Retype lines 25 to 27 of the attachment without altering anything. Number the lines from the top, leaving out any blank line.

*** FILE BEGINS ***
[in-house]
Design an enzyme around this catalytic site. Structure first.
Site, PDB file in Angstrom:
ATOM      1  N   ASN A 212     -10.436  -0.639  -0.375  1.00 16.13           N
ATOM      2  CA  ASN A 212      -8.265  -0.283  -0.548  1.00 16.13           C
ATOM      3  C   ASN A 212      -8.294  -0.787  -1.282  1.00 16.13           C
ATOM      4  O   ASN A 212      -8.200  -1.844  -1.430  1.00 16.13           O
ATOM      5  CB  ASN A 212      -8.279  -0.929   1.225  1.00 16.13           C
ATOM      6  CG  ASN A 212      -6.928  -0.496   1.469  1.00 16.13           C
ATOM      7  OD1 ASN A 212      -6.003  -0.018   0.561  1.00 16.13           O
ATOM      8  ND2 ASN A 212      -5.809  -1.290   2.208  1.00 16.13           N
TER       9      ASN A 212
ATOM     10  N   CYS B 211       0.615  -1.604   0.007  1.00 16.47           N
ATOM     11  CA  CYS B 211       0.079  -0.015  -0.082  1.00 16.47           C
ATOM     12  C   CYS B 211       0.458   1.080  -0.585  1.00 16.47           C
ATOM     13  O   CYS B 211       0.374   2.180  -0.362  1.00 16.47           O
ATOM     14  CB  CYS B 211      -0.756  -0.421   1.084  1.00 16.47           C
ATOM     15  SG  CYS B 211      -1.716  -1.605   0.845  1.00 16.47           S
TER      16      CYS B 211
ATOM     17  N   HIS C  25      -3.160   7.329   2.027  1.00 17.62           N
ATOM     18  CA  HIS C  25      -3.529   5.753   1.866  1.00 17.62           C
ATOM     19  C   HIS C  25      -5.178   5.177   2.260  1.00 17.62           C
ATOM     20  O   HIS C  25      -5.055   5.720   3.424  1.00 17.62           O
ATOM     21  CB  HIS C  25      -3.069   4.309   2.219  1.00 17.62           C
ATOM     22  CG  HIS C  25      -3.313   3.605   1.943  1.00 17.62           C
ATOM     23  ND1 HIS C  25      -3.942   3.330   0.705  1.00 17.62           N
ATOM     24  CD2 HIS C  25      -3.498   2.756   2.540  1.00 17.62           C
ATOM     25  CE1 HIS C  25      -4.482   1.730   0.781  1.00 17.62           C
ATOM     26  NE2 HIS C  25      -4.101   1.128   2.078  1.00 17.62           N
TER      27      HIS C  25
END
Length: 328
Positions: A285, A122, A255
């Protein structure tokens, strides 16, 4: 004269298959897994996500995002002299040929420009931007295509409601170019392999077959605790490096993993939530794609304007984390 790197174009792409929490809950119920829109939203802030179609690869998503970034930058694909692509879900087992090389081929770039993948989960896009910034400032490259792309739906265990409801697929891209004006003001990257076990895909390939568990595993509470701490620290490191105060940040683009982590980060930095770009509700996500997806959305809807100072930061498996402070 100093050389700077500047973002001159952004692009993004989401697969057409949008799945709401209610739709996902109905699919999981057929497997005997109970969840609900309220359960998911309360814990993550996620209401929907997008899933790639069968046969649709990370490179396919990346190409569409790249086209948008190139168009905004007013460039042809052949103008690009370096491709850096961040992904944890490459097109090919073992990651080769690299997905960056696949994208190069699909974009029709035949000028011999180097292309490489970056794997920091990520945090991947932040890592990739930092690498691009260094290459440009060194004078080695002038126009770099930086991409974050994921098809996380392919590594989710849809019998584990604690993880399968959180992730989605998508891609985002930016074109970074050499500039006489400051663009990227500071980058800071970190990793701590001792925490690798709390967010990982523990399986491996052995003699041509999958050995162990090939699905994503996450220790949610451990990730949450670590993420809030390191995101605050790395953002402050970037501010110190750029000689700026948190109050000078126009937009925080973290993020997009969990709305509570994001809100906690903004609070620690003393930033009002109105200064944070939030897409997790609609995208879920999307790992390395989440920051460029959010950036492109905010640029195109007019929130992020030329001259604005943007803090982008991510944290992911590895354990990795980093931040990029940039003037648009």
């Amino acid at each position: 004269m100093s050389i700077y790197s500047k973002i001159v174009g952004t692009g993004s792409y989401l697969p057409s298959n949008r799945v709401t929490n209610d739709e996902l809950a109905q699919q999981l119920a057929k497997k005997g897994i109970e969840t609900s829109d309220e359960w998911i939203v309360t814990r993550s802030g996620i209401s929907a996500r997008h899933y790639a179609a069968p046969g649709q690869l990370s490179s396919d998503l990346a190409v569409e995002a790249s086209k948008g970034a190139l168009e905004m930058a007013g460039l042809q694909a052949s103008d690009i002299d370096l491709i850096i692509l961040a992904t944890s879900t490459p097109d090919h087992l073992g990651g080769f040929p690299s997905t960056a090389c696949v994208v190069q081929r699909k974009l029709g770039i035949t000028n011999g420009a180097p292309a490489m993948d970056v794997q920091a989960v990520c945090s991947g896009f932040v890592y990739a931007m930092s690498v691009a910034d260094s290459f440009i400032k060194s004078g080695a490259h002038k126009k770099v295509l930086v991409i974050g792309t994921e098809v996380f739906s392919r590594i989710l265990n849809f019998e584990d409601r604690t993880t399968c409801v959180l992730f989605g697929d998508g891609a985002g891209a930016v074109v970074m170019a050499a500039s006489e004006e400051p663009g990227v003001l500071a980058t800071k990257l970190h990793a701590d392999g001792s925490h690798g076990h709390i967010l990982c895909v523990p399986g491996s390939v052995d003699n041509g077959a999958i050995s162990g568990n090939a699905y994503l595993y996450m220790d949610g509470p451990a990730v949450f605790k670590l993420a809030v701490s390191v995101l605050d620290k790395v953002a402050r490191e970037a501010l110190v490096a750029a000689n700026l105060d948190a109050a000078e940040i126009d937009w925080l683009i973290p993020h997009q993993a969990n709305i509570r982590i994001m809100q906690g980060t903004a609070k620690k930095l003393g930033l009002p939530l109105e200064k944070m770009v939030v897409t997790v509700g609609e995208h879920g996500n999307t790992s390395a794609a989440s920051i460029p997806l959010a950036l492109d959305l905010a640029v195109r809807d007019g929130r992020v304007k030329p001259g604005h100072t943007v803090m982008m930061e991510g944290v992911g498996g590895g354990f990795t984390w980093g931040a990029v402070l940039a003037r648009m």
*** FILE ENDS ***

ATOM     22  CG  HIS C  25      -3.313   3.605   1.943  1.00 17.62           C
ATOM     23  ND1 HIS C  25      -3.942   3.330   0.705  1.00 17.62           N
ATOM     24  CD2 HIS C  25      -3.498   2.756   2.540  1.00 17.62           C